Refinery in Port Arthur, Texas processes up to 600,000 barrels of oil per day
Saudi Arabia’s state-owned oil company Saudi Aramco finalised a 100 percent takeover of the United States’ largest oil refinery on Monday.
The oil behemoth purchased the Port Arthur Refinery in Texas from the Royal Dutch Shell Company in a deal that was announced last year.
Shell originally owned 50 percent of the refinery, with Aramco owning the other half, but a rocky relationship forced the two companies to separate their assets in March 2016, according to a CNN report.
The refinery in Texas processes up to 600,000 barrels of oil per day.
The CNN report says the purchase can “send more Saudi crude into the US for refining to sell to North American drivers”.
Saudi’s takeover of the Port Arthur facility comes on the backdrop of the country’s proposition to partially privatise Aramco, which it outlined in its Saudi Vision 2030 economic blueprint.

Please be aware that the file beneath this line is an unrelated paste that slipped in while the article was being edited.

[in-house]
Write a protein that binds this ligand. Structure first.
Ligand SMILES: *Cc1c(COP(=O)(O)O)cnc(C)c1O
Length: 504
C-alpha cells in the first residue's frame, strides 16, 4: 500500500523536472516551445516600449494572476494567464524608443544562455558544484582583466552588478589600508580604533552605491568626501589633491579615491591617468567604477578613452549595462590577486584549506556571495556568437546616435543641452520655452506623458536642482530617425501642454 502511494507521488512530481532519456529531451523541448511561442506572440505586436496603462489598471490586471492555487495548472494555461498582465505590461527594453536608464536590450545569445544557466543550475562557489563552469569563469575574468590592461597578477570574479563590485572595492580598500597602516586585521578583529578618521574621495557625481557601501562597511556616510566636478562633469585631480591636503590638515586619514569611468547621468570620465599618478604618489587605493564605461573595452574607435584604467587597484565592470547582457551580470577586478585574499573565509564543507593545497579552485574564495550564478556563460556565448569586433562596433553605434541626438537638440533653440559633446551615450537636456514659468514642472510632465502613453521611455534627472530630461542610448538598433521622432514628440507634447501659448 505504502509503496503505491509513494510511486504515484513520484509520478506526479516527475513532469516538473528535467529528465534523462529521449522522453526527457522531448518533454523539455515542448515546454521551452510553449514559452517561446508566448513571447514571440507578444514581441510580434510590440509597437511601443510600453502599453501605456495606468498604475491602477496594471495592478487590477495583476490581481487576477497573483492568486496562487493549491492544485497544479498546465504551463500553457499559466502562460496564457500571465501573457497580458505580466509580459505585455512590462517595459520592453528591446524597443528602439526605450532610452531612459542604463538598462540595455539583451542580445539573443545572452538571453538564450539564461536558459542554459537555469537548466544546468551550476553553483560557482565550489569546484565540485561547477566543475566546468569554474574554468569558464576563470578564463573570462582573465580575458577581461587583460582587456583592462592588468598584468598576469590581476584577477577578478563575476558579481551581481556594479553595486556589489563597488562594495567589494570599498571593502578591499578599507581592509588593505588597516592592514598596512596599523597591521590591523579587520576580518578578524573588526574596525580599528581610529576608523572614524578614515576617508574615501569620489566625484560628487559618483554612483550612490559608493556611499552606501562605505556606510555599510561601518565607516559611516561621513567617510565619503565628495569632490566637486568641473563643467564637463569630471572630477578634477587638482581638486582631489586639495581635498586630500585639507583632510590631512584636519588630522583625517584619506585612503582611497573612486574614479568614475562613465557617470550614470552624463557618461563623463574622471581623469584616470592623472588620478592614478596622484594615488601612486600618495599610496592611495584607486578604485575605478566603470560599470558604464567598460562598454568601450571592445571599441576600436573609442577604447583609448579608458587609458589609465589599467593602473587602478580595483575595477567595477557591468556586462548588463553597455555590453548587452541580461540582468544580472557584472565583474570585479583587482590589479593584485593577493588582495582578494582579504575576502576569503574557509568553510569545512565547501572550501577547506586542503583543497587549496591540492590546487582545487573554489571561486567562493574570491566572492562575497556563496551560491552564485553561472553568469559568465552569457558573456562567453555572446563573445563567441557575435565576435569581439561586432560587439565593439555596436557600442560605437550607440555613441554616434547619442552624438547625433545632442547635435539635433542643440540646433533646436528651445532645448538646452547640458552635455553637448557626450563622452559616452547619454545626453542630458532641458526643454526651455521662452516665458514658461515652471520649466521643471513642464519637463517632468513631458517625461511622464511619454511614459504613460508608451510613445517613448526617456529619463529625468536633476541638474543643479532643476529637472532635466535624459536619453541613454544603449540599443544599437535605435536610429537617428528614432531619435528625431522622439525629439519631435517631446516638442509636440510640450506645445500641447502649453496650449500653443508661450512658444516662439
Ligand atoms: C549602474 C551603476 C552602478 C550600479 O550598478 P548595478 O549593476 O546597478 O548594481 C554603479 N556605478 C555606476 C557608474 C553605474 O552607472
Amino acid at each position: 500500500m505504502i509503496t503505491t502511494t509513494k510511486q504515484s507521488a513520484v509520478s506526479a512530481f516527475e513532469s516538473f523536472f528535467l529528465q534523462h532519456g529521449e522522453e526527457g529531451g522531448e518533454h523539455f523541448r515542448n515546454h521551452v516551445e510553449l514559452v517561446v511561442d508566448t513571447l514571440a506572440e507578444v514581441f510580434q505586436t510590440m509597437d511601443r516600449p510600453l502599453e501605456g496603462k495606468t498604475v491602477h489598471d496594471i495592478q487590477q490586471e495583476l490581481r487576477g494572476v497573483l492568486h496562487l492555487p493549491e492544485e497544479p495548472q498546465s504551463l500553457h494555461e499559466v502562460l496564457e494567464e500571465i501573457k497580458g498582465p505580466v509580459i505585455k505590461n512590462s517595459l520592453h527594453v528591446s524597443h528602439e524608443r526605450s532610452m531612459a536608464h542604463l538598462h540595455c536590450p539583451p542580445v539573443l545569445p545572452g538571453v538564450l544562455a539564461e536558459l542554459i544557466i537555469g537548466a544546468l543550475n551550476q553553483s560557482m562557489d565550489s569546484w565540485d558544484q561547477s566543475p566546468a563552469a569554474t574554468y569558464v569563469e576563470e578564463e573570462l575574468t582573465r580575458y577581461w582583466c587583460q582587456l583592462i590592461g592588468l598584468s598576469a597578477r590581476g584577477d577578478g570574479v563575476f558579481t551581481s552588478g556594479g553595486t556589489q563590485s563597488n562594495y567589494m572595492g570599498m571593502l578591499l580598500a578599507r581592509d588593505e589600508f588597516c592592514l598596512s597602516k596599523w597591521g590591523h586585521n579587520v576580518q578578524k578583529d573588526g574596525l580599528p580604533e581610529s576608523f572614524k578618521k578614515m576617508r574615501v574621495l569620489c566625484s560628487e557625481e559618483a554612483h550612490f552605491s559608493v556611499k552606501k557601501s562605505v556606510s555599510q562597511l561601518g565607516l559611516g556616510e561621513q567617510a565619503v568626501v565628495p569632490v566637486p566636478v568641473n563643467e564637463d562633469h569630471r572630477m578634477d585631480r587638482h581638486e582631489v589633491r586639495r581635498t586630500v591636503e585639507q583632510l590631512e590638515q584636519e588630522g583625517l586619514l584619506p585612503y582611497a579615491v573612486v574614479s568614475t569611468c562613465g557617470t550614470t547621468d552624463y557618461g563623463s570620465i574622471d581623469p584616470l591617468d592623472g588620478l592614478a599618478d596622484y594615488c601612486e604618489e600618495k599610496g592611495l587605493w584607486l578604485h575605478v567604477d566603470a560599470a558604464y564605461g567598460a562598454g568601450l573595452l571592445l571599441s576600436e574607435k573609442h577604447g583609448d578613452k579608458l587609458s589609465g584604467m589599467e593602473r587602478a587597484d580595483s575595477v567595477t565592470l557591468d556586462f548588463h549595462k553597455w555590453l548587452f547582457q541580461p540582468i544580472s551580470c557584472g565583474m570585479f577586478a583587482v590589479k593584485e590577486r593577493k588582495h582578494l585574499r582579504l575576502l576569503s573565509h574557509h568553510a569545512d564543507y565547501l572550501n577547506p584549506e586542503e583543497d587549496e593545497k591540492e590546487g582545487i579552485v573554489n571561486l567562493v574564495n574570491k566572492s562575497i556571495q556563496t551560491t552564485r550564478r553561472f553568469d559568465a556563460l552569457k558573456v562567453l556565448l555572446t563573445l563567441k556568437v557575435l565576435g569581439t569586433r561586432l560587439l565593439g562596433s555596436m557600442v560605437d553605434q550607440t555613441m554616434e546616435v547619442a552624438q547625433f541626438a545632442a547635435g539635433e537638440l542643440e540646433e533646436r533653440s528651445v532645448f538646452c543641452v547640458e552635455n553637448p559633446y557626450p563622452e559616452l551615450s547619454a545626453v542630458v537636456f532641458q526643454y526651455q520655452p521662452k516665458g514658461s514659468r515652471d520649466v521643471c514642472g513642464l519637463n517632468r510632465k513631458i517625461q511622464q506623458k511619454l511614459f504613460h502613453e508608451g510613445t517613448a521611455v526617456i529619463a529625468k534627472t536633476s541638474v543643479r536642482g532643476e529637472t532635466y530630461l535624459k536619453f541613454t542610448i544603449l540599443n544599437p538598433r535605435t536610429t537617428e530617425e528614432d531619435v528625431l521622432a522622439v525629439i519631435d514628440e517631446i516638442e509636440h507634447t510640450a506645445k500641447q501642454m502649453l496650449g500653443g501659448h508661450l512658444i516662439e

Saudi Arabia plans to sell five percent of Aramco next year, as part of efforts to build up a large sovereign wealth fund. The sale falls within the kingdom's strategy to diversify its oil-dependent economy away from hydrocarbons.
However, Saudi Aramco’s flotation faces a host of difficulties, including volatile oil prices, sudden transitions of power and security challenges.
“The centrepiece of the economic reform is the sale of Aramco,” David Roberts, professor of Middle East defence studies at King's College London, told Middle East Eye last month.
“They hope it will be so big and will make up for some of the drop in oil income.”
The kingdom has intensified economic reform efforts after oil prices plunged last year below $40 per barrel from above $100 in 2014.
The government made unprecedented cuts to fuel and utilities subsidies in a country long-accustomed to some of the cheapest petrol prices in the world.
The budget deficit last year amounted to $79 billion, down from the record deficit of $97 billion registered in 2015.